Dark strips of unfulfilled need, checkered fields of loneliness

When we’re young, we assume that being disagreeable leads to ostracism and loneliness.

As a result. we quickly learn to align our feelings and opinions with those around us as a survival tactic.

Which works to a certain extent when we’re children. Especially if the people around us are angry and yelling and we don’t want to add fuel to the fire.

But as adults, if we have not properly named, tamed and reframed that fear, then we’ll start to feel obliged to choke down anything that doesn’t jive with us. We will give up all the things that are important to us because of our own lack of boundaries.

Anything to avoid causing trouble.

Adrienne writes that when we are children, we don’t usually have full agency to shift the dynamic because our safety and livelihood depend on it. And so often, these dynamics perpetuate because we are scared to be alone, scared to create conflict, scared to take a step back.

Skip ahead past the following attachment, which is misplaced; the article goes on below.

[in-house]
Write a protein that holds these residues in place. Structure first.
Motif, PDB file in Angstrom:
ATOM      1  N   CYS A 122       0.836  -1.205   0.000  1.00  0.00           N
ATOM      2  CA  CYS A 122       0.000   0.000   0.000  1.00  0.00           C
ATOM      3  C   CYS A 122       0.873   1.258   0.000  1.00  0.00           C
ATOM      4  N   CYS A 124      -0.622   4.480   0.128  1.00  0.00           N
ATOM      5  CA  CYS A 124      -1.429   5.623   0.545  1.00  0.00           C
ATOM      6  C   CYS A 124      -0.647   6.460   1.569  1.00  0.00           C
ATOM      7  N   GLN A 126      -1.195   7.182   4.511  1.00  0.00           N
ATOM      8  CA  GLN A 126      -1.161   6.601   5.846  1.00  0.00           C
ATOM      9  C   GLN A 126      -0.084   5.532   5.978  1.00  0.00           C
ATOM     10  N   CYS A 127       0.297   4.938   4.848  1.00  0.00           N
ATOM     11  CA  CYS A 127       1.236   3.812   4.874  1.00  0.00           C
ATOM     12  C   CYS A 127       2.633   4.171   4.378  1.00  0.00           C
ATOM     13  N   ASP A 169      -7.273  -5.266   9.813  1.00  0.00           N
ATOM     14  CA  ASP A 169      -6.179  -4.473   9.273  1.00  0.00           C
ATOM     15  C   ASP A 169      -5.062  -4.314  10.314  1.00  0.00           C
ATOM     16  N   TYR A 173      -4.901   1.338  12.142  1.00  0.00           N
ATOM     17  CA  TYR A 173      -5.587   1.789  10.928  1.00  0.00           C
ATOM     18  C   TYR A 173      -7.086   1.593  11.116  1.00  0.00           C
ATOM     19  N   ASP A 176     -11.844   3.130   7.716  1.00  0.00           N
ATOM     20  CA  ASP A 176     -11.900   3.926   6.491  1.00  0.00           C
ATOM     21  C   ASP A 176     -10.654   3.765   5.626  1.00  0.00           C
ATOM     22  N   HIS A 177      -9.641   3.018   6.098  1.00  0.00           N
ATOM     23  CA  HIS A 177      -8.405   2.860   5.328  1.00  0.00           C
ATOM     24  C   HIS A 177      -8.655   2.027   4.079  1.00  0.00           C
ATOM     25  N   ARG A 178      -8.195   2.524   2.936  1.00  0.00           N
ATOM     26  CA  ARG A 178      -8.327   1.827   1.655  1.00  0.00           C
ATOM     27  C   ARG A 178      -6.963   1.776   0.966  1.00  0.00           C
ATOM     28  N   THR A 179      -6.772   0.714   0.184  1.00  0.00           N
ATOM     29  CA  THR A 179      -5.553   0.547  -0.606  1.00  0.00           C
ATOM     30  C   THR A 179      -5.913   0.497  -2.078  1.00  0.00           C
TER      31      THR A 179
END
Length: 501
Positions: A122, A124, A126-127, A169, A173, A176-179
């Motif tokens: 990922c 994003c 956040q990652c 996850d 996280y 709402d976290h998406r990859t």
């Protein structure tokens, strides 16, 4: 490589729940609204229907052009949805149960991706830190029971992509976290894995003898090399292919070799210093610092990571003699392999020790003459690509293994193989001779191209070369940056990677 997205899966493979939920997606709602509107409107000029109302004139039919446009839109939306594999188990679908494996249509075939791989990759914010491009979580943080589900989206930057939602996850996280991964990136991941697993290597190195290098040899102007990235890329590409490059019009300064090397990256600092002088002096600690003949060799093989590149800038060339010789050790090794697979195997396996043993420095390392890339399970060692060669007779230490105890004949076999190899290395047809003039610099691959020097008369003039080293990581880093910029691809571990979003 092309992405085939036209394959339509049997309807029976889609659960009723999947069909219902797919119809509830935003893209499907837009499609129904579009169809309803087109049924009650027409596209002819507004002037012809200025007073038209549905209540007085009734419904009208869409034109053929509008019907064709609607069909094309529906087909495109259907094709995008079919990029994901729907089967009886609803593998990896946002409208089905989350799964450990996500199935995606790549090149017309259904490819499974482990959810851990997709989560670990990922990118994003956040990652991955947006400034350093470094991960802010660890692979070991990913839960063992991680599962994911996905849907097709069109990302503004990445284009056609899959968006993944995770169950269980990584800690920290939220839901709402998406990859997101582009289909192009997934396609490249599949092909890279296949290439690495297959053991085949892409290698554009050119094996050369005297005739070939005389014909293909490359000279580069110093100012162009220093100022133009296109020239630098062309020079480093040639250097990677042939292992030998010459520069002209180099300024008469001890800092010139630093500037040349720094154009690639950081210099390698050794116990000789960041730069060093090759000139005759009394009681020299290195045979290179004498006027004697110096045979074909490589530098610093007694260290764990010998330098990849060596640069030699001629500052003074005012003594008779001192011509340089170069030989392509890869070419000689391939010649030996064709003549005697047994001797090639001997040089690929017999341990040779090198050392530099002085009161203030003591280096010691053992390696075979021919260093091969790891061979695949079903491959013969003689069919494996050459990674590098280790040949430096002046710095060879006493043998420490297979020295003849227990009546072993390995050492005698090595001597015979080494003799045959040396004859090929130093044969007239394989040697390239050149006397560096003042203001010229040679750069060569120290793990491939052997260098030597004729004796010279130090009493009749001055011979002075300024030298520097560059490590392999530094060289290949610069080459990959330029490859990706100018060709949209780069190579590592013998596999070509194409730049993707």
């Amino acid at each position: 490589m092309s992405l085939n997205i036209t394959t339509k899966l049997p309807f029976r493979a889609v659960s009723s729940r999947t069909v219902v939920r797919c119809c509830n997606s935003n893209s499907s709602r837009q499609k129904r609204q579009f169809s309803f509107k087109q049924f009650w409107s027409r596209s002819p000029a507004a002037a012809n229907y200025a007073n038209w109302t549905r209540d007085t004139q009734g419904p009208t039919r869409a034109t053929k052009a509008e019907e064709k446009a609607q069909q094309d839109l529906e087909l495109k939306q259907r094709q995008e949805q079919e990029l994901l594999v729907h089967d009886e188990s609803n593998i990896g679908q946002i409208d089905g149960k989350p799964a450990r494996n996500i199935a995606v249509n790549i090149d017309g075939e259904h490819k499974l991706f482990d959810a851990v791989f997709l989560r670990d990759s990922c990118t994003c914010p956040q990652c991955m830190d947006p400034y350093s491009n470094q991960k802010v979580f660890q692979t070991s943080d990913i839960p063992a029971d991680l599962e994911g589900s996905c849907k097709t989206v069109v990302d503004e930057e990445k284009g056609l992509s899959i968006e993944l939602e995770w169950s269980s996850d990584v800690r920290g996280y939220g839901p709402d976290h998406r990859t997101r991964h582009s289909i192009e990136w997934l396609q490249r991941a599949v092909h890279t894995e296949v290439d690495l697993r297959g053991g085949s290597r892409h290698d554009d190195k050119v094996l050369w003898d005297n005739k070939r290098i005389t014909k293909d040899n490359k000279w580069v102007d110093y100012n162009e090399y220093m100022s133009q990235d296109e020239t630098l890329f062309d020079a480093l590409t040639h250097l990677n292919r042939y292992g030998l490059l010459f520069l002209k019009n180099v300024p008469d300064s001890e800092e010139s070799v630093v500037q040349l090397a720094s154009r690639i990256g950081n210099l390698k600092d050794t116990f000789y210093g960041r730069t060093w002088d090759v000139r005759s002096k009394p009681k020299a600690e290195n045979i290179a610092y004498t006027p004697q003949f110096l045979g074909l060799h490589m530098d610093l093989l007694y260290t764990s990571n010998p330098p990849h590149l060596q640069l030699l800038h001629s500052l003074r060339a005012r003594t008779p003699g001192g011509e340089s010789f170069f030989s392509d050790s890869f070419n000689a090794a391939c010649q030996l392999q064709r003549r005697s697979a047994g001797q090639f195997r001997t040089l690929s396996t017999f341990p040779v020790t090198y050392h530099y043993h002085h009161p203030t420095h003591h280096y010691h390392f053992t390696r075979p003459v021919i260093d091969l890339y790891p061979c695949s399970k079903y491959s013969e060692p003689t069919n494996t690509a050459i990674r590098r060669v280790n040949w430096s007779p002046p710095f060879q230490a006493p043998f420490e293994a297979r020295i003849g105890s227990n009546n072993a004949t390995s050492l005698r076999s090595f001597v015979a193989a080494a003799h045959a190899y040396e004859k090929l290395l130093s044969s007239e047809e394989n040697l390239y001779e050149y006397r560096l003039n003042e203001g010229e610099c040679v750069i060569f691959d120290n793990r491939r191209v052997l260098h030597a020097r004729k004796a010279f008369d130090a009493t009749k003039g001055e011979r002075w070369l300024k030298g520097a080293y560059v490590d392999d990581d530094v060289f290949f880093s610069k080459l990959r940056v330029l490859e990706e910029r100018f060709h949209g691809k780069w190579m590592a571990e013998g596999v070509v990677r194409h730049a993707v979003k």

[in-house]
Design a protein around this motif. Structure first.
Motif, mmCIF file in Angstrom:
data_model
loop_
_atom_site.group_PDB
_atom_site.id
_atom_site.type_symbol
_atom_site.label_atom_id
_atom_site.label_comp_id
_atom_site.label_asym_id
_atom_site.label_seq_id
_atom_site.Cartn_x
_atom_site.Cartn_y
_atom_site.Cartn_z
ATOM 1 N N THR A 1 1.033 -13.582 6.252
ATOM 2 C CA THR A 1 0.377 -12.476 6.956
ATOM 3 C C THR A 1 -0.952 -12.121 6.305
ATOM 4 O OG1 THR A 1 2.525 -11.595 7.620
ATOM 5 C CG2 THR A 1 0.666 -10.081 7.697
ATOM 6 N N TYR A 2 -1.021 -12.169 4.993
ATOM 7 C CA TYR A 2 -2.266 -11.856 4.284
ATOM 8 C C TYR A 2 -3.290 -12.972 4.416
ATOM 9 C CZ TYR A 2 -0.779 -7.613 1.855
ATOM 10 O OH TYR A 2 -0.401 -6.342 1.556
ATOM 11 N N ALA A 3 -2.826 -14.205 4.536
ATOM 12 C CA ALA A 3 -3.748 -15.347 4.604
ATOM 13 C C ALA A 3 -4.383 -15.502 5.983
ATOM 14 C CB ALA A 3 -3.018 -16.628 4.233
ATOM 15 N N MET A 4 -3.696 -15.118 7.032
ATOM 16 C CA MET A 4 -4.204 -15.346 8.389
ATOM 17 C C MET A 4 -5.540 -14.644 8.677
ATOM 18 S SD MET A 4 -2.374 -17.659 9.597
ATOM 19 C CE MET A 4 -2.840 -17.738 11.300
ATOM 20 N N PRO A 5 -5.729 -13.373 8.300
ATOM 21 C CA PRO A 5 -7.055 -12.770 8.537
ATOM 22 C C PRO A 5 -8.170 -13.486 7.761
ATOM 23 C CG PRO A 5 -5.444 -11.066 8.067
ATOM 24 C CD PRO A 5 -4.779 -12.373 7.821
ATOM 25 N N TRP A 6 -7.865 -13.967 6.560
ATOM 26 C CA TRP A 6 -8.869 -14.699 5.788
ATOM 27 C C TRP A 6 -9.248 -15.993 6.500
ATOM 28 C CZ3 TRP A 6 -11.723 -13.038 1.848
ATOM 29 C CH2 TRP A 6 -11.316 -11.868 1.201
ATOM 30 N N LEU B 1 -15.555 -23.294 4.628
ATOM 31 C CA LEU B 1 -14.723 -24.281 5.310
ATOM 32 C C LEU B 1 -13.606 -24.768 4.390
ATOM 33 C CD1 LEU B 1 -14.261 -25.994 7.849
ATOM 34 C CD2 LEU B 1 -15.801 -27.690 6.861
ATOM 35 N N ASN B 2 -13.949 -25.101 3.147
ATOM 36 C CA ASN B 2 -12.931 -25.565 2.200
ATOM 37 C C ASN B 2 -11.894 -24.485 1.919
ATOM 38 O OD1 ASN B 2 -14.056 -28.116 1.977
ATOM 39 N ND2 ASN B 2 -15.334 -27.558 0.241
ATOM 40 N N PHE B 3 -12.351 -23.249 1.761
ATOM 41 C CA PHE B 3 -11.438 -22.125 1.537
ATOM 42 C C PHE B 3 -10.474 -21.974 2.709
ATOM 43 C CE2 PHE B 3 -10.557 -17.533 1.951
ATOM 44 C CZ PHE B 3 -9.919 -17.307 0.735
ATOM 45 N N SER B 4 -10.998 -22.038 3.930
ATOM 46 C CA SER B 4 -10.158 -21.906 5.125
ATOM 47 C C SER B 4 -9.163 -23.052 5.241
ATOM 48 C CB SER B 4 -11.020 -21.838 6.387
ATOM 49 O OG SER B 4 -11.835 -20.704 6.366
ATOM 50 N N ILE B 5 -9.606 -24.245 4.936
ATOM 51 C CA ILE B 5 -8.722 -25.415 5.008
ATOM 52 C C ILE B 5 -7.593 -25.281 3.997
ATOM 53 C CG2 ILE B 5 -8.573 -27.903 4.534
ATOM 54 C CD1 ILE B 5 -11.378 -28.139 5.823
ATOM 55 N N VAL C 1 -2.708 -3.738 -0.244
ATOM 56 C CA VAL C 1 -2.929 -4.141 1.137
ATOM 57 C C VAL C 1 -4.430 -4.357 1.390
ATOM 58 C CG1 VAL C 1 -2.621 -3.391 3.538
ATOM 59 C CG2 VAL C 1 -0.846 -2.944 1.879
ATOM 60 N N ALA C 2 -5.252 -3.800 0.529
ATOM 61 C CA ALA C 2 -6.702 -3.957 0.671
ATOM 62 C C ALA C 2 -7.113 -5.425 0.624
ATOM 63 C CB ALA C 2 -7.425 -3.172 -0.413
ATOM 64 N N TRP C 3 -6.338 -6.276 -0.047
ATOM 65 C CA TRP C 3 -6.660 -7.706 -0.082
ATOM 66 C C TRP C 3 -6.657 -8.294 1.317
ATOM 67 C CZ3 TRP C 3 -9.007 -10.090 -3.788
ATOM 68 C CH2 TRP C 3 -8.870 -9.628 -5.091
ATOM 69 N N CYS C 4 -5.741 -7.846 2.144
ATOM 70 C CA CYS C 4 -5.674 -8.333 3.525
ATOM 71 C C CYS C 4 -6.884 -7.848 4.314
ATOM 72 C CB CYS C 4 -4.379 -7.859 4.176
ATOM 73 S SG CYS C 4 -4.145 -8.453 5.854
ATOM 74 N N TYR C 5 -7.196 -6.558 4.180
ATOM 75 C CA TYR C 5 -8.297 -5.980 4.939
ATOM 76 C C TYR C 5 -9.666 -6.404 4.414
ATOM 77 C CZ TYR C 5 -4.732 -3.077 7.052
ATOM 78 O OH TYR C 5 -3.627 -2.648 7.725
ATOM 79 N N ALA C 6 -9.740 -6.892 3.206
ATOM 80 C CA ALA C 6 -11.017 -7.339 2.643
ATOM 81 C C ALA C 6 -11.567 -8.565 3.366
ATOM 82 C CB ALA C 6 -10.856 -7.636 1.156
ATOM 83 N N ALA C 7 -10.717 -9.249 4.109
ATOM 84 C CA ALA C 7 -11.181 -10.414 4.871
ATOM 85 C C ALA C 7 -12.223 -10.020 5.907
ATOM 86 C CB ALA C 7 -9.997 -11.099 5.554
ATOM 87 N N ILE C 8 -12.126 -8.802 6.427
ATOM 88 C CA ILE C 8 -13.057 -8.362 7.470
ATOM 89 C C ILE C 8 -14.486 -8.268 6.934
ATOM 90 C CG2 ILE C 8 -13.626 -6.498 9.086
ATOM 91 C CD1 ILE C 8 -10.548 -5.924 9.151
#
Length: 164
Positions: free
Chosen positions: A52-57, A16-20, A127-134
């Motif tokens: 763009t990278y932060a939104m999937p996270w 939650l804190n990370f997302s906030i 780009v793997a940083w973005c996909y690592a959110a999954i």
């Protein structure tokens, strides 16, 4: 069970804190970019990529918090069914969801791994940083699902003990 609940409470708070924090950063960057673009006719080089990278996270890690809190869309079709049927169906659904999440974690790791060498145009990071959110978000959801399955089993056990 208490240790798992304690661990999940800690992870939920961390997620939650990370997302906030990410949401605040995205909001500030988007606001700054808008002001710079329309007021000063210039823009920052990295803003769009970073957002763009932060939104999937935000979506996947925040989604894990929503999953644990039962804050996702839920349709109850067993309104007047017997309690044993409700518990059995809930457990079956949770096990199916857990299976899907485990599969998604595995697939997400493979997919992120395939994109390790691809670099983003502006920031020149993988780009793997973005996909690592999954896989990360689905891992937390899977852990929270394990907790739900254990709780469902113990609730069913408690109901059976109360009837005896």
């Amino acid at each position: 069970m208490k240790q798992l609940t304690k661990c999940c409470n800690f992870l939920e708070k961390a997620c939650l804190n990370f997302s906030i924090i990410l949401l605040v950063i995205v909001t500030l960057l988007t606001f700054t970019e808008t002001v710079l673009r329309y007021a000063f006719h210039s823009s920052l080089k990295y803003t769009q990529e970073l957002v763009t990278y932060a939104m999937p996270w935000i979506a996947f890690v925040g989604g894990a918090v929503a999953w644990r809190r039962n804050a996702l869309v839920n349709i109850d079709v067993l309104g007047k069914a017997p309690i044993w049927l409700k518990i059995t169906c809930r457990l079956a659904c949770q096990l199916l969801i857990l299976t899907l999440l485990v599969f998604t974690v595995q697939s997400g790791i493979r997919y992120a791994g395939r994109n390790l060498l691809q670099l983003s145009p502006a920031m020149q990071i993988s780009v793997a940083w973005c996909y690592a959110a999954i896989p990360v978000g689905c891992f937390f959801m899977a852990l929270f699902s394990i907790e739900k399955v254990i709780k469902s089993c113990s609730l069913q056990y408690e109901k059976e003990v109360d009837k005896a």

But when we are adults, we can begin to notice how we are playing into the dynamic, and to shift. That realization becomes liberation itself.

Here are a few of the things that we remind ourselves.

Just because we disagree doesn’t mean we’re betraying someone.

Just because we have the backbone to express our preferences doesn’t mean people we love are going to abandon us.

Just because we speak up in pressure situations doesn’t mean people will reject and humiliate us.

And who knows? They might even respect us more for taking the risk of having an opinion.

Either way, the boundaries we set by amplifying our voice reinforce our freedom.

Where could you afford to be to be a little less agreeable?


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Author. Speaker. Strategist. Songwriter. Filmmaker. Inventor. Gameshow Host. World Record Holder. I also wear a nametag 24-7. Even to bed.
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